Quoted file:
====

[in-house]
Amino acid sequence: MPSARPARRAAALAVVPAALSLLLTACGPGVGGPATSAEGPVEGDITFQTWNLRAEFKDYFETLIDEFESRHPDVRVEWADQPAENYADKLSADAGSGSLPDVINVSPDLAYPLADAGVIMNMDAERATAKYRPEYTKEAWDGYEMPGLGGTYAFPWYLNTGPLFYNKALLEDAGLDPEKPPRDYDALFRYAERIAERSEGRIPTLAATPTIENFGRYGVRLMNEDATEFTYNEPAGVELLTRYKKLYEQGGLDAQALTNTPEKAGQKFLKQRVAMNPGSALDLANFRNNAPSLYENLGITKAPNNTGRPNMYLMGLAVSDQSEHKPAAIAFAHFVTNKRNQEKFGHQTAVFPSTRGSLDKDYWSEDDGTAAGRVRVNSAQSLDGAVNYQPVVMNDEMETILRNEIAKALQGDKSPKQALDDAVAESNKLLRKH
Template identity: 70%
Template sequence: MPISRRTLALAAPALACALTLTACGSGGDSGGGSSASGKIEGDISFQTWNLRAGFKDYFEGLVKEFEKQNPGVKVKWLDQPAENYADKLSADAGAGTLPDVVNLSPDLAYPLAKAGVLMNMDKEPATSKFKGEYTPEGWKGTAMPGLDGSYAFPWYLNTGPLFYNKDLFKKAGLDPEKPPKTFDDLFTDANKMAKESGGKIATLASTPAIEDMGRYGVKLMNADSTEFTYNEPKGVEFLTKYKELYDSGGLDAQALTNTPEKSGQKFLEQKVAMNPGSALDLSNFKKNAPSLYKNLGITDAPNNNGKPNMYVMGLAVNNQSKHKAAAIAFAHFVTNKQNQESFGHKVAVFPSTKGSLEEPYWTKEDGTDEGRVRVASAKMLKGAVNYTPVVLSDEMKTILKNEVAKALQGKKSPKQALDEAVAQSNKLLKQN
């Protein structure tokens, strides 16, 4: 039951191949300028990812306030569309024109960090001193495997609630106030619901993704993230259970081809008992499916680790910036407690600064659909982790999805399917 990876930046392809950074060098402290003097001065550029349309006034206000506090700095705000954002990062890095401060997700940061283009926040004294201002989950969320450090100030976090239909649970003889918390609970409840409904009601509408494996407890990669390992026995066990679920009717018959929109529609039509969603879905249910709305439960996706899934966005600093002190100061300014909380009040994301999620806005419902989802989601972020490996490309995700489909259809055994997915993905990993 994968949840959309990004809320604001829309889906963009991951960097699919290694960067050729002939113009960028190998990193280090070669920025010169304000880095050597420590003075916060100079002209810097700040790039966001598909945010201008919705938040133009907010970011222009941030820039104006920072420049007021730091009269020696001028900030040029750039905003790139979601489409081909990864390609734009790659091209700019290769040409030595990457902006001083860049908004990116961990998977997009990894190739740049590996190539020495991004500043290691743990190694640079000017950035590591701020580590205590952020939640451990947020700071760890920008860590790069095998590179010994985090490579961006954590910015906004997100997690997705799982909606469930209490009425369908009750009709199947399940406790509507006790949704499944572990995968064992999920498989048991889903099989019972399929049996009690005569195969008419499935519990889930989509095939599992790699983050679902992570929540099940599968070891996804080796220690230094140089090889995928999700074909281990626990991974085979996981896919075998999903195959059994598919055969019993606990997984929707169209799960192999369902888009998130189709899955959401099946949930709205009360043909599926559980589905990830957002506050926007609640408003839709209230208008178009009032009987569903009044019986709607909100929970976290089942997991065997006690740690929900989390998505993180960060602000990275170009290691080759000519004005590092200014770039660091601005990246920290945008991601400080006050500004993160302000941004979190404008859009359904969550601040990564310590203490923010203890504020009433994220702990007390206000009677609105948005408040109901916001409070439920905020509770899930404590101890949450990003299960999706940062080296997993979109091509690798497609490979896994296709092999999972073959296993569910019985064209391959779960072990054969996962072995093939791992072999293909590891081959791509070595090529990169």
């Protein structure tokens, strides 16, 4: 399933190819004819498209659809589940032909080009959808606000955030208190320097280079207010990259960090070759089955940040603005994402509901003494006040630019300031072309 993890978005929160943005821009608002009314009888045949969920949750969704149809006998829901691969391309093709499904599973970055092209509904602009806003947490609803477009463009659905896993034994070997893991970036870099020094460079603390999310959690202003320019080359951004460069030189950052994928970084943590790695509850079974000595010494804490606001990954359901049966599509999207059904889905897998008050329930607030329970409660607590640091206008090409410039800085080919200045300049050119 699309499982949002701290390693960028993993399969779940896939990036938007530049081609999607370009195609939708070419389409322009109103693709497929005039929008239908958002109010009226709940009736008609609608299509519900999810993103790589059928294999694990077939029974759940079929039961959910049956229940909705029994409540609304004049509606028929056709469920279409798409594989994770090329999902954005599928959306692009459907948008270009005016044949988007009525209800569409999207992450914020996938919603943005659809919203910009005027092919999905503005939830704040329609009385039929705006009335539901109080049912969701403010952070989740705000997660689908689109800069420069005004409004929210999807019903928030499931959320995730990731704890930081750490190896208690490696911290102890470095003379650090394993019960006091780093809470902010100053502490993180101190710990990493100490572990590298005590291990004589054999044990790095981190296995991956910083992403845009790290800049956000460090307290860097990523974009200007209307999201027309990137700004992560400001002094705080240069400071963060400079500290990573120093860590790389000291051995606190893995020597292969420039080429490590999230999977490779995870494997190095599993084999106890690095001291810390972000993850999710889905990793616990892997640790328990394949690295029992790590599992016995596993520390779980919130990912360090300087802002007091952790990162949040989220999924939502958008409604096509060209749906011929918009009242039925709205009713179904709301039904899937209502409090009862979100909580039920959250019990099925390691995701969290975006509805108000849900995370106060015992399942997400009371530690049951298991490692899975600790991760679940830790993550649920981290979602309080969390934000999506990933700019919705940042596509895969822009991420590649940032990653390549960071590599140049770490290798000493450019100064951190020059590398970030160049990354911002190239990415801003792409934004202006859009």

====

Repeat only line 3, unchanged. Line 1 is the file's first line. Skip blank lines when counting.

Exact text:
Template identity: 70%